Socialism, on the other hand, being a system of society where the means of life are owned in common and democratically controlled, must give the maximum freedom to the individual because there is equality of ownership and control. Under capitalism the worker is subjected to restrictions and rules, and subjugated to a discipline which would be hard to beat. It is only the master class that possesses liberty, and their liberty means working class slavery. The poverty of the working class persists because the social system is out of harmony with the means and methods of production; and this causes numerous conflicts between capitalists and workers. Social relationships, the relations between man and man, or between class and class, do not stand still; and the cause of their change is the evolution of the material things—tools, machinery, etc.,— on which humanity depends for its subsistence.
Throughout history, from the dawn of time, when beset with threats and dangers on every hand, mankind treasured its freedom above everything else, and associating with fellow humans on a basis of equality, and controlled social actions democratically. Humanity’s confidence in, and adherence to, these two principles, carried it safely through the ages before civilisation. The abandonment of these principles was the beginning of the long class rule, in which successive ruling classes have robbed the workers of the results of their toil, from chattel slavery to serfdom to wage slavery—where the bondage is veiled by the so-called freedom of contract. It is a system of poverty and squalor on the one hand, and enormous wealth and power on the other.
The ensuing task of harmonising the social system with the more highly developed means of production is wholly that of the working class, and must be carried through against the conscious antagonism of the master class. Socialism can be established as soon as there is a majority of socialists. The first step, therefore, is to make socialists. The next step will be the organisation of production in such a manner that the workers have complete control — not a share in management. First must come ownership: until that is effected the workers can have no control, either over the means or methods of production, or over their own conditions of employment.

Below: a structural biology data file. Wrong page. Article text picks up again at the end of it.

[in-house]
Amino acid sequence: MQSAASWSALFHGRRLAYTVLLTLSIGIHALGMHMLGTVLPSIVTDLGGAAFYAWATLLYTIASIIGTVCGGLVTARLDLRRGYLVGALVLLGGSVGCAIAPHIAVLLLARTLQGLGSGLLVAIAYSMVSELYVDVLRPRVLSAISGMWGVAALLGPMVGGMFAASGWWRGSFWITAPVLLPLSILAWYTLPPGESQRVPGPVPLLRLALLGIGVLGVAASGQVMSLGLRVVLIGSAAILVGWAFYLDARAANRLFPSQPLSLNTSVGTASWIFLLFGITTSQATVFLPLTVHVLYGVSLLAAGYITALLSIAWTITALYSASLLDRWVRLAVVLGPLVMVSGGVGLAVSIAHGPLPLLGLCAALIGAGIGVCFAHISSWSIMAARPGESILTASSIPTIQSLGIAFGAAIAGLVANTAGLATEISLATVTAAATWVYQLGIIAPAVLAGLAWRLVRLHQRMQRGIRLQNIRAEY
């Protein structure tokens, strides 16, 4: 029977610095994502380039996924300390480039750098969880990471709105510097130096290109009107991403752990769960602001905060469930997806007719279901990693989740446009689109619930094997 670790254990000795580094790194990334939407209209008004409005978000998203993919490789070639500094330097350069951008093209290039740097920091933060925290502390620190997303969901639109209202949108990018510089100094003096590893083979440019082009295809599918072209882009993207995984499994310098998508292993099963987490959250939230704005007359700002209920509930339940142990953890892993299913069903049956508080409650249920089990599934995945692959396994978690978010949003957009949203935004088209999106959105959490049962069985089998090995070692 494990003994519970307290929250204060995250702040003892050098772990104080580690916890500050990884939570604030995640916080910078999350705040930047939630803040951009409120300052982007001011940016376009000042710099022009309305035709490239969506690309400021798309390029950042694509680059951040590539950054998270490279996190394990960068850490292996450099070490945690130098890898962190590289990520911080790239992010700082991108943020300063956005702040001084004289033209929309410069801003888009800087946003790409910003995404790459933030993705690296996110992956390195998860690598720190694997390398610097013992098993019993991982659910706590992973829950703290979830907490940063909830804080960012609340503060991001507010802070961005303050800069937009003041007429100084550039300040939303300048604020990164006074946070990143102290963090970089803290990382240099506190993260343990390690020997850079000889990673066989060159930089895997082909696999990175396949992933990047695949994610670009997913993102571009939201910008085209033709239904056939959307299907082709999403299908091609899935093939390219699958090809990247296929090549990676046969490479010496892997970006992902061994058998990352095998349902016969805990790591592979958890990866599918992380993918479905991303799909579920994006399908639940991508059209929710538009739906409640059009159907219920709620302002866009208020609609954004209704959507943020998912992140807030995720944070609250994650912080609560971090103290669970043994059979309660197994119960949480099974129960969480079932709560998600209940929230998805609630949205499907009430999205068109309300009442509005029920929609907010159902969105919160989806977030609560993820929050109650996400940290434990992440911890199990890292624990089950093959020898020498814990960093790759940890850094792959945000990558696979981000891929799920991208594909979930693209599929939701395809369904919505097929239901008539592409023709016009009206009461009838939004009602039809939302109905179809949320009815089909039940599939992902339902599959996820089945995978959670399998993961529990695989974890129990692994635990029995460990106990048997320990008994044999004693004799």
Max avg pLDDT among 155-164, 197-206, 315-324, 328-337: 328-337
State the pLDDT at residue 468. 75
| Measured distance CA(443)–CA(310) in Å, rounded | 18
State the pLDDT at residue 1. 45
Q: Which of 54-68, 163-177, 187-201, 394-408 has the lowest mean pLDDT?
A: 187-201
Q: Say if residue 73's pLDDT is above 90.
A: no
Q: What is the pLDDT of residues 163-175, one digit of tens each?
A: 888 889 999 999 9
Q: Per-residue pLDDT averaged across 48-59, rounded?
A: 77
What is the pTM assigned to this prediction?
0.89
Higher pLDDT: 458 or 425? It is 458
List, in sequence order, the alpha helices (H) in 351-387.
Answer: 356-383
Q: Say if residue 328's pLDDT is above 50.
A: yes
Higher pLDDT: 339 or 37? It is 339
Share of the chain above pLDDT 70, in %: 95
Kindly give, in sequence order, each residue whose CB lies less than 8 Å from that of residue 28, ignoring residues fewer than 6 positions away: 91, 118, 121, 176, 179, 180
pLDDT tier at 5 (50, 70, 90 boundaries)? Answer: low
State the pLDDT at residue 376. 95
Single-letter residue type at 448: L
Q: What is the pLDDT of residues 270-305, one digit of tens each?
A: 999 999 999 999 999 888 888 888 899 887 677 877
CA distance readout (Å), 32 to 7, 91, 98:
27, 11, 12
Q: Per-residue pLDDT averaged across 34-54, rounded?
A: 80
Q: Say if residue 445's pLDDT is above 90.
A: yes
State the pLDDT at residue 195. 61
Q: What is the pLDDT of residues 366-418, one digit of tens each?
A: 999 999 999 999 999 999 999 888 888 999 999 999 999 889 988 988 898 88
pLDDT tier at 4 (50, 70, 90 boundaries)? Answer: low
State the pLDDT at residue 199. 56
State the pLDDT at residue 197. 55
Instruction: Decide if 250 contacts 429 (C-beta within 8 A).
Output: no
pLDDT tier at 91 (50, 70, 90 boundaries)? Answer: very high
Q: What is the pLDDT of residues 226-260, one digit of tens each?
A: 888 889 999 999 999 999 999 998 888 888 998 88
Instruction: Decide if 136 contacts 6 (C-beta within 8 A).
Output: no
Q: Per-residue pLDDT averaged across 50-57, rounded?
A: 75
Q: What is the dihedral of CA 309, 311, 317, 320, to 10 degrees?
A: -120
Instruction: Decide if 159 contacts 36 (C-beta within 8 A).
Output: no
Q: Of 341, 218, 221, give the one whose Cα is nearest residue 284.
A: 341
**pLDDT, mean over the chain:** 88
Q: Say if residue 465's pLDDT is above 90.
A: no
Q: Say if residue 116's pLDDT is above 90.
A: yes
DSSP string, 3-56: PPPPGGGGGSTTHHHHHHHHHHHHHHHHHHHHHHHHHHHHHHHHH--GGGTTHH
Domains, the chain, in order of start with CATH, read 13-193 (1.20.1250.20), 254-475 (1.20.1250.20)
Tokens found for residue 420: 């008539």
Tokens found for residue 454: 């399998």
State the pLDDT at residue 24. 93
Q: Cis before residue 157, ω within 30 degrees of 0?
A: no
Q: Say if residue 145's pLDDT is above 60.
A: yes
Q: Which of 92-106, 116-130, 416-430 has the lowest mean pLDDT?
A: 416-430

There is no question of morality or justice about this expropriation of the capitalist class. The wonder is that the workers have tolerated the system so long. A small class in society owns all those things required by man to produce for himself the necessaries of life. This small class imposes slavery on those who do not own. To free themselves from slavery must be the desire and the aim of the working class. But they must have confidence, based on knowledge, in their associated power to arrange the details of production and distribution for use. Without a ruling class they can still carry on, producing wealth for their own use and consumption. Let them, first, understand ; second, take possession, and exercising full control, face the future determined to use nature's gifts for the well-being and happiness of society free, at last, from the withering blight of class rule.
Workers, for your own sakes and for humanity's sake study socialist ideas! Then, when you understand, you will organise to establish it and so emancipate yourselves from the shackles of wage-slavery on the one hand, and rid yourselves forever from that awful menaces of poverty and war.